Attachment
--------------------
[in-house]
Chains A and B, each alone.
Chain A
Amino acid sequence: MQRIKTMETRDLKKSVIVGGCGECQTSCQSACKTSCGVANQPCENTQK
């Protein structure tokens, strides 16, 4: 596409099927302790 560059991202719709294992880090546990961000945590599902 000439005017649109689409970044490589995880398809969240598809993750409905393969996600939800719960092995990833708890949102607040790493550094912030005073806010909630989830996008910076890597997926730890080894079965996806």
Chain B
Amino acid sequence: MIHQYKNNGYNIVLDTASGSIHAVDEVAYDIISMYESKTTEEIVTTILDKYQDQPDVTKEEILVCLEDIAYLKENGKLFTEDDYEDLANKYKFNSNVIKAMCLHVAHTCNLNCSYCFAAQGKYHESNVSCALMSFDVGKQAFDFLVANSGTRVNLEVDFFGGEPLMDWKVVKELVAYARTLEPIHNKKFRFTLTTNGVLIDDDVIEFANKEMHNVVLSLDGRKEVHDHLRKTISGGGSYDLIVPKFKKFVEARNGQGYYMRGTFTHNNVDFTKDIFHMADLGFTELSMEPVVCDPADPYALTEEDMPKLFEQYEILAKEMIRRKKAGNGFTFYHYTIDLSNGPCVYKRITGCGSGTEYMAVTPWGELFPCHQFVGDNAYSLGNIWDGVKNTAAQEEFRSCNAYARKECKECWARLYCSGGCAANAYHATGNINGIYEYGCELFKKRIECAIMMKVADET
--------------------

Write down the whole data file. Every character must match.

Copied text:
[in-house]
Chains A and B, each alone.
Chain A
Amino acid sequence: MQRIKTMETRDLKKSVIVGGCGECQTSCQSACKTSCGVANQPCENTQK
């Protein structure tokens, strides 16, 4: 596409099927302790 560059991202719709294992880090546990961000945590599902 000439005017649109689409970044490589995880398809969240598809993750409905393969996600939800719960092995990833708890949102607040790493550094912030005073806010909630989830996008910076890597997926730890080894079965996806």
Chain B
Amino acid sequence: MIHQYKNNGYNIVLDTASGSIHAVDEVAYDIISMYESKTTEEIVTTILDKYQDQPDVTKEEILVCLEDIAYLKENGKLFTEDDYEDLANKYKFNSNVIKAMCLHVAHTCNLNCSYCFAAQGKYHESNVSCALMSFDVGKQAFDFLVANSGTRVNLEVDFFGGEPLMDWKVVKELVAYARTLEPIHNKKFRFTLTTNGVLIDDDVIEFANKEMHNVVLSLDGRKEVHDHLRKTISGGGSYDLIVPKFKKFVEARNGQGYYMRGTFTHNNVDFTKDIFHMADLGFTELSMEPVVCDPADPYALTEEDMPKLFEQYEILAKEMIRRKKAGNGFTFYHYTIDLSNGPCVYKRITGCGSGTEYMAVTPWGELFPCHQFVGDNAYSLGNIWDGVKNTAAQEEFRSCNAYARKECKECWARLYCSGGCAANAYHATGNINGIYEYGCELFKKRIECAIMMKVADET